LONDON — To speak of a “political revolution” in Britain would seem chimerical were it not for the number of times the possibility has been raised these days, in precisely those terms, by politicians and the London-based commentariat. Suddenly, the talk is of a political system grown petrified, and in urgent need of a root-and-branch overhaul that restores the accountability of politicians — and of the government — to the people.
John Burns is one the best NY Times reporters, and this piece, slightly removed because it's by a sympathetic but well informed non-Brit, deserves reading.
I think he is very right about the "high-handedness" of the operations of power here in the UK.
My experience in the US was that, although "first contact" government officials could be either charming or sullen, the higher up the chain of command you went, the more commitment one found to a deliberate ethic of public service.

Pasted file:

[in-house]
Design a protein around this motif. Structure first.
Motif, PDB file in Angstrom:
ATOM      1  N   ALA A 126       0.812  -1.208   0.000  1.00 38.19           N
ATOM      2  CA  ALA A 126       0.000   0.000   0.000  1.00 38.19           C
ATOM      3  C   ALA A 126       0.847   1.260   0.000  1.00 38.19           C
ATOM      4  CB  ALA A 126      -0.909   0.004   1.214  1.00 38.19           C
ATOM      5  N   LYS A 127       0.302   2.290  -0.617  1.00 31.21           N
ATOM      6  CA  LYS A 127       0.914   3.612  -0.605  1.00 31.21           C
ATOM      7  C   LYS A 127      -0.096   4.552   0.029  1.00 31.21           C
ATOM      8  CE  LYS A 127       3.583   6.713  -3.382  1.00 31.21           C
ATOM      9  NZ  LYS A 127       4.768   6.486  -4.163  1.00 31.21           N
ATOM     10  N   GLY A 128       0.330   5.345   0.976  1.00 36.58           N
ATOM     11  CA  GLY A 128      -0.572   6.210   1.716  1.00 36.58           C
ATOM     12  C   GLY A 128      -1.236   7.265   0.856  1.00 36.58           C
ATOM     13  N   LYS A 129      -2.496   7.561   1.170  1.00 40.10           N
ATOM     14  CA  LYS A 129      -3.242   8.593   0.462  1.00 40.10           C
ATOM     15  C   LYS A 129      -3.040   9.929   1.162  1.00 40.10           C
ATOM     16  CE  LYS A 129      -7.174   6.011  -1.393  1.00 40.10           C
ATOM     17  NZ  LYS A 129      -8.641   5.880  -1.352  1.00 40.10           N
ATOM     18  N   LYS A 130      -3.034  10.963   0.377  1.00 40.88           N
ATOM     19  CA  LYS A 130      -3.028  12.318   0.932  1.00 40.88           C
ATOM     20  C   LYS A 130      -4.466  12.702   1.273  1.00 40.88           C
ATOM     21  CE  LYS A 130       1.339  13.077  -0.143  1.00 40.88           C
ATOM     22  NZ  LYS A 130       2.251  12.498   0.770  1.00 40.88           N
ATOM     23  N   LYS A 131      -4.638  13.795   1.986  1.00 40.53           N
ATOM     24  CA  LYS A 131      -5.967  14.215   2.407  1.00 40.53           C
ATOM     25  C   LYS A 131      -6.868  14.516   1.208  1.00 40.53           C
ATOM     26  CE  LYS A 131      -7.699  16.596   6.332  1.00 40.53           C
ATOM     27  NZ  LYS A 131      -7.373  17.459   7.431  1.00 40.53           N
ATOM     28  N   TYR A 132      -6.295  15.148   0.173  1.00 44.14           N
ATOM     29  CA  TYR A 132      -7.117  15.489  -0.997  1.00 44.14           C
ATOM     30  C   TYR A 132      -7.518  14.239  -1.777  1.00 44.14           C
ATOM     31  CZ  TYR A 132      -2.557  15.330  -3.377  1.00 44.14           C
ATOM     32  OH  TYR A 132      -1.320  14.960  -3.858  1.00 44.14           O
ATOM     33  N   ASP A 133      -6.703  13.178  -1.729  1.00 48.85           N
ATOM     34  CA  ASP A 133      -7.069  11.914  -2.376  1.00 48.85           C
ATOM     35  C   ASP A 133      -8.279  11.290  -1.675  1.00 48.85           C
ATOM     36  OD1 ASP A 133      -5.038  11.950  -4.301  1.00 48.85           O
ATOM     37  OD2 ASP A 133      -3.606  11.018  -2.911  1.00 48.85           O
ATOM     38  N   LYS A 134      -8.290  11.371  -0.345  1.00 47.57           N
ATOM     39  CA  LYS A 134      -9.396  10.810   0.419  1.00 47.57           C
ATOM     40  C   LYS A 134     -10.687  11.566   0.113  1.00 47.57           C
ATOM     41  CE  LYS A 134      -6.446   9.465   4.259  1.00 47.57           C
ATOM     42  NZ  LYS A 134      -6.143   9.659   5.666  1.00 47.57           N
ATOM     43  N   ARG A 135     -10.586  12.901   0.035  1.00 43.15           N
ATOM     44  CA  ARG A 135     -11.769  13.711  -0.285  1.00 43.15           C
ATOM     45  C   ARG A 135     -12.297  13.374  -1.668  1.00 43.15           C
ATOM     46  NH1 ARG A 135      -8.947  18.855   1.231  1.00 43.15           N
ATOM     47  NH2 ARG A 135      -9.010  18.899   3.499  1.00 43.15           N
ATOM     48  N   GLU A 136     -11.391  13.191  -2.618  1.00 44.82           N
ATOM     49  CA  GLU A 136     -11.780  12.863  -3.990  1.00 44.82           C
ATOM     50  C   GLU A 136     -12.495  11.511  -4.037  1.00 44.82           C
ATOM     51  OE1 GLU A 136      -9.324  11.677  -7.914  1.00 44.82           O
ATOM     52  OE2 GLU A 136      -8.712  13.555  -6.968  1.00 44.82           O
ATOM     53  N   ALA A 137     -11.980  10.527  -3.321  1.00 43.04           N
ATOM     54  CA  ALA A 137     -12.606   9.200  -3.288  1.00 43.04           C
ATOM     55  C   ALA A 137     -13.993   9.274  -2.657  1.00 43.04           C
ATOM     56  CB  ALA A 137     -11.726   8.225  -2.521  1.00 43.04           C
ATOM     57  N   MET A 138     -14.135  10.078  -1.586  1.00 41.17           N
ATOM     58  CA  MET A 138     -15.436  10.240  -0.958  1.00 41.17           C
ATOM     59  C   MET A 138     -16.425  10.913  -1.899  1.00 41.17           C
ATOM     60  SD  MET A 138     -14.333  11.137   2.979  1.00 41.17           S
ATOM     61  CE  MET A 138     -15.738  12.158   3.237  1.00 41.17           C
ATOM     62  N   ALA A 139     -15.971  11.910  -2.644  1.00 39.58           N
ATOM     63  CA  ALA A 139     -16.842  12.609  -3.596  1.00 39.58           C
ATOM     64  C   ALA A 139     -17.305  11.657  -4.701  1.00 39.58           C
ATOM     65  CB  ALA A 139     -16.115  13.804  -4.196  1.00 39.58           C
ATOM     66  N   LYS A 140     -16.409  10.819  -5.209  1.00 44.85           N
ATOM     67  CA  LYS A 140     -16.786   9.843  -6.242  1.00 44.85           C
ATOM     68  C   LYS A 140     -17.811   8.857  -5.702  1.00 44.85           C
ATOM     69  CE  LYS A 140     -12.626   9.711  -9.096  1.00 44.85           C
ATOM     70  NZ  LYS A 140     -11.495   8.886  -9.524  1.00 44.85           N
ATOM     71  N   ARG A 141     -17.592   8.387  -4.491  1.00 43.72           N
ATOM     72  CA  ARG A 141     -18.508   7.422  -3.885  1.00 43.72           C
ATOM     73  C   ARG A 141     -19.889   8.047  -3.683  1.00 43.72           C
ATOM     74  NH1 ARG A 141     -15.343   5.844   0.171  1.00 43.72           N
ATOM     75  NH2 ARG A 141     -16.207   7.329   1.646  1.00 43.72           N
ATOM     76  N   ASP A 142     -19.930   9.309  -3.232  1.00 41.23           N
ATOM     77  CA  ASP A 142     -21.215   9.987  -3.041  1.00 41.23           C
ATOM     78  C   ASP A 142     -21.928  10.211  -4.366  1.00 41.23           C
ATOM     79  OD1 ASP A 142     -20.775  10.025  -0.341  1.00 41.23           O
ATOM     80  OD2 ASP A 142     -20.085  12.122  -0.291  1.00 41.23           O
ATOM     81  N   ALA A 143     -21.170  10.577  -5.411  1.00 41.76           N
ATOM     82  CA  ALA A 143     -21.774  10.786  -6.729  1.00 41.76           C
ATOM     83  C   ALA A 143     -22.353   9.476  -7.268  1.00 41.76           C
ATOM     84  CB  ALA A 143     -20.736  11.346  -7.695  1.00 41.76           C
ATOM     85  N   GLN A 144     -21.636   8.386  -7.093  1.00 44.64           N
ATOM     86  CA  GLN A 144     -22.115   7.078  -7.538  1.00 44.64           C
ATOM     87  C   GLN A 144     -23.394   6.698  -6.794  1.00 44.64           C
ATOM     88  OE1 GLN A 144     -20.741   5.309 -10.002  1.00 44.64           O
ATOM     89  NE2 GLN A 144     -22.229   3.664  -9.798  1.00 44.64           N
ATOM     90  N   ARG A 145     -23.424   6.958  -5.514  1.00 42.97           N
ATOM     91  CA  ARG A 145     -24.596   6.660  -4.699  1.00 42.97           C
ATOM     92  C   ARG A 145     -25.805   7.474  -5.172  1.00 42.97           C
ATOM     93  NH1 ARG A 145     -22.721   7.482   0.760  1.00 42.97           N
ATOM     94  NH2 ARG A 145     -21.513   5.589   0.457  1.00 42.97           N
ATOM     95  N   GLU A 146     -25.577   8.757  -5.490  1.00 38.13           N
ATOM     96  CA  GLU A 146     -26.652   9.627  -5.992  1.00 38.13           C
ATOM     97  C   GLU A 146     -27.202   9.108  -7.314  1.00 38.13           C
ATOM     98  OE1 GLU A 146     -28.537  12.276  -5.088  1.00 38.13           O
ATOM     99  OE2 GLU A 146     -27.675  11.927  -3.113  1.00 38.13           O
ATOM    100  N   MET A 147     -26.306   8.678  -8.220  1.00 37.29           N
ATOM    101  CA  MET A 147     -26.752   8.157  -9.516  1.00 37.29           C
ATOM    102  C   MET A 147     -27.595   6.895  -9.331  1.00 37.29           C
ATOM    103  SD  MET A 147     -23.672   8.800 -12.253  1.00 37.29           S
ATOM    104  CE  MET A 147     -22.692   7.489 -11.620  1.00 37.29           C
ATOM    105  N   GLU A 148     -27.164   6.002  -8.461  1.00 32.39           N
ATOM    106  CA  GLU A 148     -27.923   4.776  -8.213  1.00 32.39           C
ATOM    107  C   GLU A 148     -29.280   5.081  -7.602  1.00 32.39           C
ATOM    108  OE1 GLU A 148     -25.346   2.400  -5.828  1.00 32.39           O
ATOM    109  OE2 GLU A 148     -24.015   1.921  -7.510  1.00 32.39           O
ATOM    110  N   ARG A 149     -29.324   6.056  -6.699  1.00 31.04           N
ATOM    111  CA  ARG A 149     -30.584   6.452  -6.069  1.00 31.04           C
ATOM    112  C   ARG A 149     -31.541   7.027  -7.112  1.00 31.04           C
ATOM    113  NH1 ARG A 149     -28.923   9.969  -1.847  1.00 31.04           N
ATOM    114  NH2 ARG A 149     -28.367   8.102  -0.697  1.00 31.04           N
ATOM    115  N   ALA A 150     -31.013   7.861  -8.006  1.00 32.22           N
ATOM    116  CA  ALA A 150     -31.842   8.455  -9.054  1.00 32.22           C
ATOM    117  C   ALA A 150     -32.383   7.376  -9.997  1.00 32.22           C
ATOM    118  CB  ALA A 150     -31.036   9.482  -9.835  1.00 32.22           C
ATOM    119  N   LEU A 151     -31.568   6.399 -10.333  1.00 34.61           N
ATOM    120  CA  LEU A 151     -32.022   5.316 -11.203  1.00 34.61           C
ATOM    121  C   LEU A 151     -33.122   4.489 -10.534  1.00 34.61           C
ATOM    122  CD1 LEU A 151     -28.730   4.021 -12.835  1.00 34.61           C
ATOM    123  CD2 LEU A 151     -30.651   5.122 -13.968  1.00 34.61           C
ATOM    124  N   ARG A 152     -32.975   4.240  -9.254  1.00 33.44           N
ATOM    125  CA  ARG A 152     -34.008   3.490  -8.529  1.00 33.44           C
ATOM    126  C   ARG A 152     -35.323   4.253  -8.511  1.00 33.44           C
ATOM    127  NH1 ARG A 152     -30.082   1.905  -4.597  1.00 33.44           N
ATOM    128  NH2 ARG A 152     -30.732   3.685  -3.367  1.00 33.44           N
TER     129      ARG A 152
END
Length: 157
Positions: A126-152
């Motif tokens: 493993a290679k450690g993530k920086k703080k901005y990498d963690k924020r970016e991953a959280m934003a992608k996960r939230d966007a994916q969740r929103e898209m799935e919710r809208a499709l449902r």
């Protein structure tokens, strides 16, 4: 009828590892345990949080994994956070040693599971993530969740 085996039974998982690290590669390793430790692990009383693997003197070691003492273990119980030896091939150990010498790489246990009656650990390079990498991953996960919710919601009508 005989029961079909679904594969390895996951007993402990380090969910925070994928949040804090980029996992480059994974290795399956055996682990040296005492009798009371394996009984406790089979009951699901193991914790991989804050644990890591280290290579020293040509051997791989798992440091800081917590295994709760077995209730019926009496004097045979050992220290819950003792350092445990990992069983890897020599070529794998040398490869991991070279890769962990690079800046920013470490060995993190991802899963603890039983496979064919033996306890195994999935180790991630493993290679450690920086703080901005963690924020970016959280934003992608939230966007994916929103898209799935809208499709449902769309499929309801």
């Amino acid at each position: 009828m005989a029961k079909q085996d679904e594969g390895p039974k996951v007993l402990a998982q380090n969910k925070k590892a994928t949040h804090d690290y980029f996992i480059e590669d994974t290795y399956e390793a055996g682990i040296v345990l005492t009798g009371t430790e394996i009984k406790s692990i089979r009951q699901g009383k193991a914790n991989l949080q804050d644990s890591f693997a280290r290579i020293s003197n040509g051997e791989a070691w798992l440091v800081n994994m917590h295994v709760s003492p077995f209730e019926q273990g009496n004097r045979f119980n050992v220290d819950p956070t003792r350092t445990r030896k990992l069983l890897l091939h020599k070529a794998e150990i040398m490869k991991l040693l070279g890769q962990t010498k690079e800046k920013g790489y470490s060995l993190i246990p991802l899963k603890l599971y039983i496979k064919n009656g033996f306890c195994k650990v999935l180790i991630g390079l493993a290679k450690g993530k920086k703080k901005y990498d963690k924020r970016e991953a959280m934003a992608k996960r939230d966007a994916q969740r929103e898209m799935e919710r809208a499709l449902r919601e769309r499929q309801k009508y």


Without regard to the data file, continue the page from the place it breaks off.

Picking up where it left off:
Here in the UK, for example in an area I have expressed an interest in, dealing with local managerial level NHS administrators is a nightmare, where "they know best" and "consultations" are permitted after decisions have already been made.
I do not believe in revolutions, but I do not find that after twelve years of Labour government, any real improvements. Indeed the notions of a social-work jargon speaking so-called meritocratic elite, and their obsessions with "aspiration" and "market efficiencies" seem to have infected many areas of life, and, truth be told, many "Third Sector" charities.
What we need to do is gradually, and on a "provisionally good enough" basis, is to remove this class of people from power.